What was the aim of this study?
How does uterine electromyography work?
Who were the study participants?
Can you comment on sample size and data analysis?
What were the results?
What directions might future research take?
For summary and anaylsis of this discussion, see page 449
While external tocodynamometry is useful in gauging the frequency and duration of contractions, the intrauterine pressure catheter (IUPC) determines these more accurately and also measures contraction intensity. However, because the IUPC is invasive, its use is best reserved for selected patients, including women who are having an inadequate response to oxytocin. An innovative system not yet available in the United States might overcome the drawbacks of both methods. Studies to date suggest the electrical uterine myography monitor (OB-Tools, Migdal Ha'emek, Israel) detects contraction onset, time to peak, frequency, duration, and intensity. In a new study, Haran and colleagues evaluated the technique against the IUPC.
George A. Macones, MD, MSCE, Associate Editor
Macones: Can you tell us the aim of this study?
Cahill: The aim of the study was to compare uterine electromyography to an IUPC as a means for assessing uterine activity. I think it is actually a very good objective. We all consider IUPCs to be the gold standard for uterine activity. External tocodynamometers are, of course, less invasive, but one can't assess intensity with this methodology. The other limitation of an external tocodynamometer is that it may be less accurate in obese women, a population that seems to be on the rise in the United States.
Macones: Can you tell us about the limitations of IUPCs?
Cahill: Sure. Rare complications are associated with IUPCs. For example, the device can be placed into or behind the placenta, and there is also a theoretical risk of infection. In addition, membranes need to be ruptured in order to place an IUPC. For these reasons, a study of a noninvasive way to assess contraction frequency, duration, and intensity is of great importance.
Macones: How does uterine electromyography work?
Stamilio: The authors describe it quite well, but in short, myometrial contractility can be thought of as an electrical event, spurred by increased coupling and excitability of cells. This electrical activity is measured by placing a series of electrodes on the maternal abdomen. Computer software then takes the signal information and presents it as a contraction wave. The output is in microwatts, and presumably, the higher the microwatts, the greater the intensity.
Macones: Who were the study participants?
Stamilio: The inclusion criteria were simple. Patients had to be beyond 24 weeks and have an IUPC in place. Also, the IUPC needed to be functioning well. The subjects were monitored by both methods—standard IUPC and uterine electromyography—for 30 minutes.
Macones: Can you comment on sample size and data analysis?
Odibo: Sure. In terms of sample size, the researchers determined that they needed 41 participants if they were to maintain the probability of an alpha or type I error at 0.05 and a beta or type II error at 0.10 (90% power). The techniques would be considered equivalent if they captured no more than a 5-second difference in onset and duration of contractions and less than a 5% difference in contraction intensity. These variations were deemed minimal enough to have no clinical significance. I thought this was very reasonable. Analytically, they compared mean times and mean intensity between the 2 methods and also looked at area under the curve for both Montevideo units and microwatts. Correlation coefficients were also used.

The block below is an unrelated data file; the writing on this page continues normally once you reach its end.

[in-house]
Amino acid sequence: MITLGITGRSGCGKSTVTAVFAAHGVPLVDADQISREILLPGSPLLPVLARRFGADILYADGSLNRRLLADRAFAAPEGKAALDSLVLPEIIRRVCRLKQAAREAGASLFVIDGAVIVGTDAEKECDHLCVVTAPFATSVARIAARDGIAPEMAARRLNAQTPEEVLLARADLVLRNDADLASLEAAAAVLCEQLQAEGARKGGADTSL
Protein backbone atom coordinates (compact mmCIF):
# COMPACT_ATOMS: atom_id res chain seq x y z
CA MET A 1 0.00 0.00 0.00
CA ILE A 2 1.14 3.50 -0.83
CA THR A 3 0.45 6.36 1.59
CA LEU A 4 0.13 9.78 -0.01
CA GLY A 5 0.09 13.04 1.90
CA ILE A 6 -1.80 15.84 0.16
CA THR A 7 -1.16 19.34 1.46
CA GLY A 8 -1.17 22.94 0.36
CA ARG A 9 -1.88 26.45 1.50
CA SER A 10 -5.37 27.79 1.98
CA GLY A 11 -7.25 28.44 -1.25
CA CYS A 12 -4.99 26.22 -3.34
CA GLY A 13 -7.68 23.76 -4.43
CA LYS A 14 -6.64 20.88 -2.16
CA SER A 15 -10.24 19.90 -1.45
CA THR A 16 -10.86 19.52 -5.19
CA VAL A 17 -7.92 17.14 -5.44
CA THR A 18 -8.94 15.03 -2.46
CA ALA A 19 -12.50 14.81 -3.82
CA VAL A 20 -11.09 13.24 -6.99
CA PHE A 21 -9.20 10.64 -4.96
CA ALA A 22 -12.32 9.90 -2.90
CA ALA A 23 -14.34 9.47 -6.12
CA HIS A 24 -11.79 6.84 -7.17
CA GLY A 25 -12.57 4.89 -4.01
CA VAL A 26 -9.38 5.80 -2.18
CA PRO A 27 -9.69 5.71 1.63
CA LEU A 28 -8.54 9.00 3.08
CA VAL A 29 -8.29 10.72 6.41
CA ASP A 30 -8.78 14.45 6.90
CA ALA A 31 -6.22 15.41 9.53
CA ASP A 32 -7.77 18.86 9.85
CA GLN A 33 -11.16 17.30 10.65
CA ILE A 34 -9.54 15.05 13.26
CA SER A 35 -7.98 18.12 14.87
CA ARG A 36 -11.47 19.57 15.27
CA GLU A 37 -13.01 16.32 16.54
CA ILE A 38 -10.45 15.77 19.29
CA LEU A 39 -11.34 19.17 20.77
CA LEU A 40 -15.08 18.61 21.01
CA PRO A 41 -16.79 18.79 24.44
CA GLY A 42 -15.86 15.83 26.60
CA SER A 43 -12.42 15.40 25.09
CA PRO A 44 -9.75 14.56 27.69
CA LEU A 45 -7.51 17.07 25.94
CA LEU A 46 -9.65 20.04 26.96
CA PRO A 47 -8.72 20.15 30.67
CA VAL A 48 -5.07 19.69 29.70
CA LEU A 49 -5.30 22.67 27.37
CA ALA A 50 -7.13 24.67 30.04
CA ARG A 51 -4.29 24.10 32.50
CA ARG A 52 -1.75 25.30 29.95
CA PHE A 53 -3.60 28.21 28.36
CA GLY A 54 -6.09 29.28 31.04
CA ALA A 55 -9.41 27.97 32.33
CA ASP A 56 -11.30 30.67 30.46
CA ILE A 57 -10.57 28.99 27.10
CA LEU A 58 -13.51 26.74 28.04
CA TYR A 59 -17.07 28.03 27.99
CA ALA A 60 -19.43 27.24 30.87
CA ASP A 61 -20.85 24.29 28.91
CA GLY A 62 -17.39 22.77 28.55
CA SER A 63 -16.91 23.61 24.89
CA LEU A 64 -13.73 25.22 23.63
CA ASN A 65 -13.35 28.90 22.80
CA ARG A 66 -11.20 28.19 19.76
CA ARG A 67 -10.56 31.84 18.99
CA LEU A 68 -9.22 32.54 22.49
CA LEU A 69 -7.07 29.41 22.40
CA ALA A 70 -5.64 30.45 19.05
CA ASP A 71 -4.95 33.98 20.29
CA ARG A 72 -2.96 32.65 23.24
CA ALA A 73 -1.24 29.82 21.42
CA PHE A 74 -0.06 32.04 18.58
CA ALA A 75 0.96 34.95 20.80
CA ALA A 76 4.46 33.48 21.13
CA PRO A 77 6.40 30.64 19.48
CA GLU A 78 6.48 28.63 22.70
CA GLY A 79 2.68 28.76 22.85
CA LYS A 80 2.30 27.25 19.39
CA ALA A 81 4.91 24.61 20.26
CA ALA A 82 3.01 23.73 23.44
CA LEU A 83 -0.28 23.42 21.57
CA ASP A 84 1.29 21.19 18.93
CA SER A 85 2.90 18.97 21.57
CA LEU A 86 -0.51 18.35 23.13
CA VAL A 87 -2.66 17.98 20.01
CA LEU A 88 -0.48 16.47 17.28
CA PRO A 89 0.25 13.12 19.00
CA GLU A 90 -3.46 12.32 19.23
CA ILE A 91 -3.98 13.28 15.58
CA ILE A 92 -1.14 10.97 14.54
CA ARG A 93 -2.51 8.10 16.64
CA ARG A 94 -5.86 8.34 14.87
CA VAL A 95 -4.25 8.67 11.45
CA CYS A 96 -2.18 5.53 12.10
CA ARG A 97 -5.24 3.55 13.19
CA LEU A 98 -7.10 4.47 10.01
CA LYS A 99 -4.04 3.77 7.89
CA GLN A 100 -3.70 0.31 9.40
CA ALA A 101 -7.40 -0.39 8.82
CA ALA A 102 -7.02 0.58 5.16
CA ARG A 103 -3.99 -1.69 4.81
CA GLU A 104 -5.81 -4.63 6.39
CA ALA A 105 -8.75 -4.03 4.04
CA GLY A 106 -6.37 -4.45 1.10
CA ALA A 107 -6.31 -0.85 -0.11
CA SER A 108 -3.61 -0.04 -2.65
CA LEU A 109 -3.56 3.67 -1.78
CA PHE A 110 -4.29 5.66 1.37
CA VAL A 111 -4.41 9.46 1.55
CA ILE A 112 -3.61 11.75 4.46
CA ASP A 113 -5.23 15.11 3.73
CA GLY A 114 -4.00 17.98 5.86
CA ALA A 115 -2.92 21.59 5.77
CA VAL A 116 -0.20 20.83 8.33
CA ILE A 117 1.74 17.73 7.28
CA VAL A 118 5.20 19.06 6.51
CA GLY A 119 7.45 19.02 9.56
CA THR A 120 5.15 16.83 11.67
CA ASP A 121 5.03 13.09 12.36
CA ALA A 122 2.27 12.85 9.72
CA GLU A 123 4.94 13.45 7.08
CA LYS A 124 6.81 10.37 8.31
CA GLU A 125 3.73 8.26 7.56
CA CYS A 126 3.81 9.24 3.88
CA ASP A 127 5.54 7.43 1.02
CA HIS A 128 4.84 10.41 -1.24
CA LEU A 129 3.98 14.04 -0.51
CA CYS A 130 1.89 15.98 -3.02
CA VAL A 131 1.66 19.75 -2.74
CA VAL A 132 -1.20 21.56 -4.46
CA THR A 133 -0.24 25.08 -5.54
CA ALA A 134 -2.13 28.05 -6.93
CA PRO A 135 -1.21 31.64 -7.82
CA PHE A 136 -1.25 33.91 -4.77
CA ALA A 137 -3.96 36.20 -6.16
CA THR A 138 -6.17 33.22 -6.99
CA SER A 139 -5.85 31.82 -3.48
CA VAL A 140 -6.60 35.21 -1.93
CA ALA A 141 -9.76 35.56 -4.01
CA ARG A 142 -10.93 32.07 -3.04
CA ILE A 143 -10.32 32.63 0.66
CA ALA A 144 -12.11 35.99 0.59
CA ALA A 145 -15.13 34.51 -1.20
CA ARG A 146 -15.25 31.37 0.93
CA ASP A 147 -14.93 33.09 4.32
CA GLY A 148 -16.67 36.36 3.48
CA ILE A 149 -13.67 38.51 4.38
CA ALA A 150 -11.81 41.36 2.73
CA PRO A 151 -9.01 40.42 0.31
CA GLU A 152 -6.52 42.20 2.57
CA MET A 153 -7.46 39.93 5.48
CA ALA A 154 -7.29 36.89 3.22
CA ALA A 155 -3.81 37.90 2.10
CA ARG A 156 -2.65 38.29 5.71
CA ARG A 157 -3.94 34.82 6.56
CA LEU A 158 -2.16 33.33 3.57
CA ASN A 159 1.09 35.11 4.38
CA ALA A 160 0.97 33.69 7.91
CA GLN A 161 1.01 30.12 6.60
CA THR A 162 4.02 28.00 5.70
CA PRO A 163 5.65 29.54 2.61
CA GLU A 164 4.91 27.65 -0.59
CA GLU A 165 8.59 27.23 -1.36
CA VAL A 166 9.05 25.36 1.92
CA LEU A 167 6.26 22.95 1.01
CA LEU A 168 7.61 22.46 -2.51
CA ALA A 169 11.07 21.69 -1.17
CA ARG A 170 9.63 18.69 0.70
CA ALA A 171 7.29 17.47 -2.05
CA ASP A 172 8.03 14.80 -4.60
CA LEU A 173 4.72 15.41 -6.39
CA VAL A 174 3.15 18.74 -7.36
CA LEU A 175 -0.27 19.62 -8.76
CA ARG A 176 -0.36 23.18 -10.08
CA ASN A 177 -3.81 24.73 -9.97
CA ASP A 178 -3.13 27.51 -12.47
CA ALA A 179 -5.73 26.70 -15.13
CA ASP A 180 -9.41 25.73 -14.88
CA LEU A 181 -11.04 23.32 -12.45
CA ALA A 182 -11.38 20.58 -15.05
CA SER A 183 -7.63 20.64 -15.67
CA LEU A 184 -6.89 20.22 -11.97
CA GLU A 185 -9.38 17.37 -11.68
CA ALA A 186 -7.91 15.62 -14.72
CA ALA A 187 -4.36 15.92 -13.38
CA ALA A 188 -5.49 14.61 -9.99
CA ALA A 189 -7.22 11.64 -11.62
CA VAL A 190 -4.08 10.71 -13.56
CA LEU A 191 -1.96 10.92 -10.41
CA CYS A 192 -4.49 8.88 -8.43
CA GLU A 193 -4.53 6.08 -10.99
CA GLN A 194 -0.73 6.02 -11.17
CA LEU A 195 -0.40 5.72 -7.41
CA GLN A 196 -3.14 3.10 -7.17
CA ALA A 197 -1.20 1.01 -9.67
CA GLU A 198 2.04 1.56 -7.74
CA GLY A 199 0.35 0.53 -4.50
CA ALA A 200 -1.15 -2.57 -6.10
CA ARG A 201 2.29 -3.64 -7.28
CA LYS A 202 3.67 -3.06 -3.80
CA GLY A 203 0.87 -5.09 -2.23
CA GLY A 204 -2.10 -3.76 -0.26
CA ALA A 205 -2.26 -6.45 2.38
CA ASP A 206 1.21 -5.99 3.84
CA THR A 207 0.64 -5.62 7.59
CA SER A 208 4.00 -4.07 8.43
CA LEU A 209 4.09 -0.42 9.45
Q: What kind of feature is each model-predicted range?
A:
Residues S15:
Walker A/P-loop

Macones: What were the results?
Odibo: A total of 47 women were enrolled, which was on target with regards to the sample size estimation. The subjects in the study had a mean body mass index (BMI) of 30 kg/m2 and were at a mean of 39 weeks' gestation. The earliest labor was at 32 weeks' gestation. Correlation between the methods was fantastic, and this is presented in the figures. In addition, the correlation coefficients for the different parameters ranged from 0.80-0.90, which is excellent.
Macones: The concise results make this paper easy to read. Are there any comments on strengths and limitations of this study or suggestions for future research directions?
Cahill: I view this as a first step in, what I hope will be, a series of research efforts. The focus here was on correlation, and we did see a high degree of correlation. I think a next step should be determination of how well contraction abnormalities, such as tachysystole, are detected by this new method when compared with an IUPC.
Stamilio: I think there are some really interesting potential applications that require additional research. First, I would be very interested to see how well this performs in patients with very high BMIs. Obesity is definitely a problem with external monitors, and if electromyography worked well in this group, it could be a huge improvement. The other area of great interest would be patients with preterm contractions. Currently, we use cervical change as a way of defining clinically significant contractions, although I recognize that others may use fibronectin levels and transvaginal cervical lengths as well. I think it would be very interesting to see if there were microwatt cutoffs that we could use to assess whether preterm contractions are significant or not. The possibilities of this for screening and diagnosis are endless.
Macones: I agree. This was a well-done first step in the evaluation of a new technology. I am looking forward to seeing more work on this promising instrument. It really has possibilities in clinical care, but a lot of studies must be done.
Published online: March 29, 2012
The authors report no conflict of interest.
© 2012 Published by Elsevier Inc.